Vicki_Weisfeld | Jan 29, 2018 |
Stasi Child is an impressive first novel by David Young depicting a competent police procedural detailing the murder of a young female teenager.

From the start, lead investigator Karin Muller detects nothing is as it seems and from the appearance of the body, it is clear her paths are clearly being thwarted by all sorts of means.

Muller and her young deputy are given the task of determining how the mutilated body of a young teenager has become discovered in East Germany. Early on, Muller, her deputy and crime scene investigator know what they are being told has happened is untrue and to prove otherwise may be detrimental to all.

This novel is a police procedural along with a spy novel rolled into one, with several other plot lines thrown in to add to the reader's enjoyment. It takes place in the mid-1970's, which allows Young to add the political and governmental differences of the region to move the plot along.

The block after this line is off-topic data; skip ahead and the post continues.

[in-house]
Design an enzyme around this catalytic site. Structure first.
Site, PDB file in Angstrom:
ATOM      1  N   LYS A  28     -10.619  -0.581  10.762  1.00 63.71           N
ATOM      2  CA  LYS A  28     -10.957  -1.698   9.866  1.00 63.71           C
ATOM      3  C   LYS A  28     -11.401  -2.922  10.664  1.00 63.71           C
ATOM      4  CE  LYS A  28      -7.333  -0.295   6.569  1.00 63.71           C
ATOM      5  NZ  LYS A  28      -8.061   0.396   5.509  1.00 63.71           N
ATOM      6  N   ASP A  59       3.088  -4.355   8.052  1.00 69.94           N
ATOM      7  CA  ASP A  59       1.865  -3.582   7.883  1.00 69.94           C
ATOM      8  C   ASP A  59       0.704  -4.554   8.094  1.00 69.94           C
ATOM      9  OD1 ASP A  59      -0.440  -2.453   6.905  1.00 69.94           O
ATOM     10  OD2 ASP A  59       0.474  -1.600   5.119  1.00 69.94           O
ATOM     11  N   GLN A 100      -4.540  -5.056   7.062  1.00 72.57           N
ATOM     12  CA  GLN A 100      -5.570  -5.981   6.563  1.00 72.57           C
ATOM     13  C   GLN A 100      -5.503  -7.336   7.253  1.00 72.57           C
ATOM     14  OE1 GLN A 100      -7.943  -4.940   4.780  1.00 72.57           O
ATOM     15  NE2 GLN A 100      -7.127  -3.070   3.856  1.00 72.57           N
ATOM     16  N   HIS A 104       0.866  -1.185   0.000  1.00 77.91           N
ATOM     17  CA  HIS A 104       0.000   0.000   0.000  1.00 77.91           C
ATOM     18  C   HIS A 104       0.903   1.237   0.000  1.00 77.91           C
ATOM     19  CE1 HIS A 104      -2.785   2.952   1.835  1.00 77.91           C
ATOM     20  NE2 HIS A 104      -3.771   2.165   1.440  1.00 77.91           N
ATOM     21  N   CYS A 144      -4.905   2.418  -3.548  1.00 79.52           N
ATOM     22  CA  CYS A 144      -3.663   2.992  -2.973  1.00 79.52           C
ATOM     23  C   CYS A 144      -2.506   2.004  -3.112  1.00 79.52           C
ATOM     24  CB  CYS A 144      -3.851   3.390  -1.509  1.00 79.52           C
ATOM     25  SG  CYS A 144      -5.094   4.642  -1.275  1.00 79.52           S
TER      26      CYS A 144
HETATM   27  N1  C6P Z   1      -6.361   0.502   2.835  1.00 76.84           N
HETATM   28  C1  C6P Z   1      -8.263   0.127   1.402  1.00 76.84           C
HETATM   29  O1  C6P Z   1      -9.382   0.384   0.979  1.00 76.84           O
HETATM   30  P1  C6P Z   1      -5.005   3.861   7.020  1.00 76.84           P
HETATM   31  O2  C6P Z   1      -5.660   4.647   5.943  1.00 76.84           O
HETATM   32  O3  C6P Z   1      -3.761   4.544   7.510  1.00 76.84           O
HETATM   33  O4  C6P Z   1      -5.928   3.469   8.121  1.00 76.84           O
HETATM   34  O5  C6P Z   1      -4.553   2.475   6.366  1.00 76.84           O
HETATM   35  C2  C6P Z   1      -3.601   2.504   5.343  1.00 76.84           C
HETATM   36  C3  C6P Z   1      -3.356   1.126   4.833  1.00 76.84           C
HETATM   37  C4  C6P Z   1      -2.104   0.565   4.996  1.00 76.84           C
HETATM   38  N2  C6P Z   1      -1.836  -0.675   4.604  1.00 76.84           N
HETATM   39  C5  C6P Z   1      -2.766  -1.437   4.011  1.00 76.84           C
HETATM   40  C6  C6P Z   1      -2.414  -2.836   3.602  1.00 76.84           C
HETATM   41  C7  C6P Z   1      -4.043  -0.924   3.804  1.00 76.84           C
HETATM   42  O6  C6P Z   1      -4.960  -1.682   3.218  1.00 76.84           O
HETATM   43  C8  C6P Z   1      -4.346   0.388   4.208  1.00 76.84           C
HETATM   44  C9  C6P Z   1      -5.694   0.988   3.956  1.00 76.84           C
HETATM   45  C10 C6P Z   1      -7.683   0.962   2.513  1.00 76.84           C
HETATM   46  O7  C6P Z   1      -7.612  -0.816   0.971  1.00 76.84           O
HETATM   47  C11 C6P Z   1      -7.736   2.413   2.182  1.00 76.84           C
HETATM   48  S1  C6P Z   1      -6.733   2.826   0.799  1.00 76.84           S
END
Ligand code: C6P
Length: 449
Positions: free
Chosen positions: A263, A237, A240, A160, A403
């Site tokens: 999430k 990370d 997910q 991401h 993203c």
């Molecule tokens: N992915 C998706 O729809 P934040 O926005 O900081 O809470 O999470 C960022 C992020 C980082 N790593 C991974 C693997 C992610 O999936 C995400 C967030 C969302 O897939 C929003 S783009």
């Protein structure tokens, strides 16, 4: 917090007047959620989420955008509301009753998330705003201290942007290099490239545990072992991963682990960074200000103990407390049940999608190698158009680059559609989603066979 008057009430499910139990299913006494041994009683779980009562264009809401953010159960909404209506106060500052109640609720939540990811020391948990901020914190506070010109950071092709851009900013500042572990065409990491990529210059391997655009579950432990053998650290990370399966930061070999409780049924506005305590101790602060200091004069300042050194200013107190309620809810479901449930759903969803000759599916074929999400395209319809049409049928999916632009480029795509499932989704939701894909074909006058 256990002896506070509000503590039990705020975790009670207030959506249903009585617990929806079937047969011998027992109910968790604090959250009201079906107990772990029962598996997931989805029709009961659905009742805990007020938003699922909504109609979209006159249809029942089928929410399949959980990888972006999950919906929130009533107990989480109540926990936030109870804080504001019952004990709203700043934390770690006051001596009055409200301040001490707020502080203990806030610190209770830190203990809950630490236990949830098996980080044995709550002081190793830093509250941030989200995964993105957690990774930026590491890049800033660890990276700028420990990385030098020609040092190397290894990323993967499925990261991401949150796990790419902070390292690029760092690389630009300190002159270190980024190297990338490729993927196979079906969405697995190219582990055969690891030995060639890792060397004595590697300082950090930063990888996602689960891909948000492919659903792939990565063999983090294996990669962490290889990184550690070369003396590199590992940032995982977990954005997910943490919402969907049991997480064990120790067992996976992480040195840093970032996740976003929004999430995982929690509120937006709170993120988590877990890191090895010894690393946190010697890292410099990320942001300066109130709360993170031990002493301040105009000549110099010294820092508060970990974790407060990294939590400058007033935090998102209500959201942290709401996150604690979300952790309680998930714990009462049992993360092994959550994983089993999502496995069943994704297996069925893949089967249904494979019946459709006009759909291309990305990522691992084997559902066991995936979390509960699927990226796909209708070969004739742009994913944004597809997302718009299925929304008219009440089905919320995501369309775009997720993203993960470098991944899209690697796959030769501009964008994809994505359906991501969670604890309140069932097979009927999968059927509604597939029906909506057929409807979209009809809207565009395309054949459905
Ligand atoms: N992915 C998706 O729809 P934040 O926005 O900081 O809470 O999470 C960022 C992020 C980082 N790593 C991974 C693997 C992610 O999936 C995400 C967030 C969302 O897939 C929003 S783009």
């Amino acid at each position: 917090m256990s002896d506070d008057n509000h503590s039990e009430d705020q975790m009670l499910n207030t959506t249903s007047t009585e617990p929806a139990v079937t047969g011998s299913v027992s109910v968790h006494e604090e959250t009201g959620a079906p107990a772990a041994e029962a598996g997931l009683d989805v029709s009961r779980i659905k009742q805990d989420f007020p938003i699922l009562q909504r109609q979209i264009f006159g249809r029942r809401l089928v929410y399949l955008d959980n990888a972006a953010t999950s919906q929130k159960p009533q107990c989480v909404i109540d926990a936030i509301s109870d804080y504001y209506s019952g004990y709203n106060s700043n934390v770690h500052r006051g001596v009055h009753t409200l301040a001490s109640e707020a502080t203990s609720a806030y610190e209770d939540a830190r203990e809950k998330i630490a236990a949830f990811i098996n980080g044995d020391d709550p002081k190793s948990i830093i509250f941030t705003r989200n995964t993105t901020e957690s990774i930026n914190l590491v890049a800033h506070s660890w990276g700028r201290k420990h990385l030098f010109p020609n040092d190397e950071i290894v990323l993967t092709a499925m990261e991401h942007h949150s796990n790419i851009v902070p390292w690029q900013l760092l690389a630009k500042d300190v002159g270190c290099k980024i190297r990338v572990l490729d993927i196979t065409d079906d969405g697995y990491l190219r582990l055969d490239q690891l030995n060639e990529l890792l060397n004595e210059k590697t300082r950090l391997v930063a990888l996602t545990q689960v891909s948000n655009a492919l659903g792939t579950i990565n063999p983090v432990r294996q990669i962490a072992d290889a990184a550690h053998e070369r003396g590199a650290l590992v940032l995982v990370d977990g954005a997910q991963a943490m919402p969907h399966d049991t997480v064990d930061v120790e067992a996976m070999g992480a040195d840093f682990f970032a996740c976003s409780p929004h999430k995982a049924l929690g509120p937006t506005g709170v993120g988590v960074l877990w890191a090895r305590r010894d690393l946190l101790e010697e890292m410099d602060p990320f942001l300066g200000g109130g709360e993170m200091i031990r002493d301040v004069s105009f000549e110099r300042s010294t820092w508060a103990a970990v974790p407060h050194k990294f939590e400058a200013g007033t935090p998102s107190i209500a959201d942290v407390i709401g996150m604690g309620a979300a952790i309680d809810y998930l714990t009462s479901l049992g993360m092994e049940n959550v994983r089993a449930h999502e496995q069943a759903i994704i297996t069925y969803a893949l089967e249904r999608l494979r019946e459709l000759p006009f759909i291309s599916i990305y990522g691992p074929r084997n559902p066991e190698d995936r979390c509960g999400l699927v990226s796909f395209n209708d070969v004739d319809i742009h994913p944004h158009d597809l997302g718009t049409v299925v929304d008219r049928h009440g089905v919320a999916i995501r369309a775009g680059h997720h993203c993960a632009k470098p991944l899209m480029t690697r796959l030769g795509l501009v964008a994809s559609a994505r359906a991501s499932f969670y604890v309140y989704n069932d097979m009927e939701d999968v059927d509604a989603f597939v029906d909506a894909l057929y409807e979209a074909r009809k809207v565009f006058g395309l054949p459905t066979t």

As with any good spy novel, motives and allegiances of each character are always suspect which also adds flavor to what is more than just a detective story.

Young even tosses in a few good twists, which certainly will create reader anticipation for the next Karin Muller installment.

Highly recommended. ( )
  EricEllis | Sep 2, 2017 |
This mystery is set in 1974 East Berlin and follows Oberleutnant Karin Mueller as she investigates the death of a young girl, apparently fleeing from West Berlin into East Berlin. She's concerned when she finds the Minister for State Security (Stasi) instead of the border police at the scene of the crime. They are obviously in control and warn Karin not to exceed the terms of her inquiry. In other words, don't challenge the official version of the story.